This is done if a fast loop so that you dont miss an input.

enter image description here

Image source https://siminnovations.com/wiki/index.php?title=File:Button_array_schematic.png



How to distinguish multiple GPIO Buttons?


Well, for a small number of buttons, say 8, you can use 8 GPIO pins, each of which entertains one button. But that is a big waste of GPIO pins. For more than 8 buttons, you can use GPIO extenders such as MCP23017, each of which adds 16 more GPIO pins, and greedy you can "easily" (see warning below) use 8 MCP23017s to get 8 * 16 = 128 buttons.

To distinguish 128 buttons in a row is a bit messy. So all these years the EE guys have been using the standard matrix wiring method to make their job easier. A simple example of 16 buttons or keys (actually "button" and "key" are the same thing), wired in 4 rows by 4 columns matrix (you can buy one from eBay for less than one US dollar!)

4x4 keypad

keypad schematic

Now of course you can use 8 Rpi/MPU GPIO pins to scan a 4 x 4 = 16 key keypad. But of course the clever EE guys would not waste 8 GPIO pins, so they use MCP23008 with 8 GPIO pins, so not bothering Rpi which would do other chores and only when interrupted by MCP23008, then diverted to check which key or keys are pressed. If you want 64 keys, then you can use MCP23107 with 16 GPIO pins to scan a 8 x 8 = 64 key keypad.

For "humble" newbies, I would recommend to start with only 4 Rpi GPIO pins, to scan a corner of the cheapy 4 by 4 keypad (yes, you don't need to scan all 16 pins, to make things newbie friendly)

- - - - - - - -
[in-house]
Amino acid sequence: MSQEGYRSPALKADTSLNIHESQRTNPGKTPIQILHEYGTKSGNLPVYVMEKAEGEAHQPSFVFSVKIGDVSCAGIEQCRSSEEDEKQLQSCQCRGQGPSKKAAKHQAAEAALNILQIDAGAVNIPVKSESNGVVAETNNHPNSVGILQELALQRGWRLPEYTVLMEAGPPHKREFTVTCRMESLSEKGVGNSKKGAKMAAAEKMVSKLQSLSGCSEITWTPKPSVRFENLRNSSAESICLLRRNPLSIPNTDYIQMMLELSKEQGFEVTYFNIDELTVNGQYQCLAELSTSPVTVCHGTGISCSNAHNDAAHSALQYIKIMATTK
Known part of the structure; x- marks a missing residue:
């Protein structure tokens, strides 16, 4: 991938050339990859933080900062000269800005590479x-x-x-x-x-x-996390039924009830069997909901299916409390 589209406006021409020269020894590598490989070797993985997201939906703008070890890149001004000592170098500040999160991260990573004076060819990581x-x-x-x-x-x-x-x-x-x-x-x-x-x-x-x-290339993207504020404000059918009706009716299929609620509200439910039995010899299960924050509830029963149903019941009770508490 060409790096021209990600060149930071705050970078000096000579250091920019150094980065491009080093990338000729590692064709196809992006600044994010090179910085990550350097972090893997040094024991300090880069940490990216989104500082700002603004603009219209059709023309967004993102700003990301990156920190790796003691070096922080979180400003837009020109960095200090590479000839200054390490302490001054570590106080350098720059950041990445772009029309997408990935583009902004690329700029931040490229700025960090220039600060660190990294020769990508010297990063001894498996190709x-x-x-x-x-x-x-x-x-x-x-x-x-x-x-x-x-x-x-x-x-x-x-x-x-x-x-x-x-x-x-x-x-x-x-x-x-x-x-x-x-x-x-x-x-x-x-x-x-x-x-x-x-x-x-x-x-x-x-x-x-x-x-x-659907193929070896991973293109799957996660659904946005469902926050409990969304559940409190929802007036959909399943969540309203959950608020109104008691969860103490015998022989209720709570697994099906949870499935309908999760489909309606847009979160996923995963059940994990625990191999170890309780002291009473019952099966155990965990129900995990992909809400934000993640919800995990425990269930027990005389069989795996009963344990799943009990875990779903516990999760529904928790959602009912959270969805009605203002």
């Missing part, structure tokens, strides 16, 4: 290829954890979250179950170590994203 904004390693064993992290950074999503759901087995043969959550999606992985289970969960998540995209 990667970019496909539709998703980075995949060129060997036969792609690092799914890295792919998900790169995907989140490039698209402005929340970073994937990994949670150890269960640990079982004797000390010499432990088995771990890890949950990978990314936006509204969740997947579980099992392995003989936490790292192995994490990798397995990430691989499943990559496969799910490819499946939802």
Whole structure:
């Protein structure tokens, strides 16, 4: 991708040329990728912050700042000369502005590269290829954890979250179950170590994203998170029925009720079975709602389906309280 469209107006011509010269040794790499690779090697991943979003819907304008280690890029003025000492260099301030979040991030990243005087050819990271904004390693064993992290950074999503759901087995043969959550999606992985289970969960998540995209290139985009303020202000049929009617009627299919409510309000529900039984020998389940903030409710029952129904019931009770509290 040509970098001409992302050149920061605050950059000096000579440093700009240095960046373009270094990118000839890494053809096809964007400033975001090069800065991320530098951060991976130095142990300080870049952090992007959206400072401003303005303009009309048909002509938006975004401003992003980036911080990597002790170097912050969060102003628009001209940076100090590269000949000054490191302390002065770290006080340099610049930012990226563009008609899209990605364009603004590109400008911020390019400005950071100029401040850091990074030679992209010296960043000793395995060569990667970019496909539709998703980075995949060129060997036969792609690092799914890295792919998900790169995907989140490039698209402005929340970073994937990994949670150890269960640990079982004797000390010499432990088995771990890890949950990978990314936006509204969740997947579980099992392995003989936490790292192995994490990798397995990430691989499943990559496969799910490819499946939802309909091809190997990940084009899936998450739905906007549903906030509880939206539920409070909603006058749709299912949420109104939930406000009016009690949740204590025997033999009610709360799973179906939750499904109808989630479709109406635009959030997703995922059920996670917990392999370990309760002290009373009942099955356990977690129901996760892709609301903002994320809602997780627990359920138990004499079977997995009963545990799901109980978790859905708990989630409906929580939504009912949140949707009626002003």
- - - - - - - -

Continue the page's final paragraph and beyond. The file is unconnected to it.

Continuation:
To give you a very rough idea of the scanning thing, the flowchart below should be helpful.

scan flowchart

The flowchart shows a general scanning method for both using Rpi GPIO pins or MCP23008 pins.

If you are interested to learn all the details, including project background etc, you might like to read the following posts.

Connecting 32 magnetic sensors

More Digital Inputs

If you are a maker and picture guy, and prefer pictures than boring text, then let me show you a couple more pictures, ...

How to distinguish keys

distinguish keys

How to test one keypad key

How to check one key

How to test multiple keys pressed at the same time

One good thing about use matrix keypad is that individual key interrupt pins can be "logically" connected so that when one or more keys are pressed, only a combined single interrupt goes to Rpi (which is not wasting time busy looping, but doing other useful non keypad related thing) which can first take note of the interrupt event, then later when free, leisurely check which keys are pressed. A handy hardware troubleshooting tools is also displayed below.

led array

Warning to newbies - DON'T jump start with MCP23017!

For those brave, proud newbies who (almost always fail eventually! :)) want to jump start with a 64 key keypad using MCP23017, I would like give a severe warning - MCP23017 has a very steep learning curve, and is absolutely not for the faint of hearts. Just in case some curious newbie wants to have a look of the deceptively easy circuit, here is an oversimplified schematic.

Good luck to your multiple GPIO button project! :)

mcp23017 keypad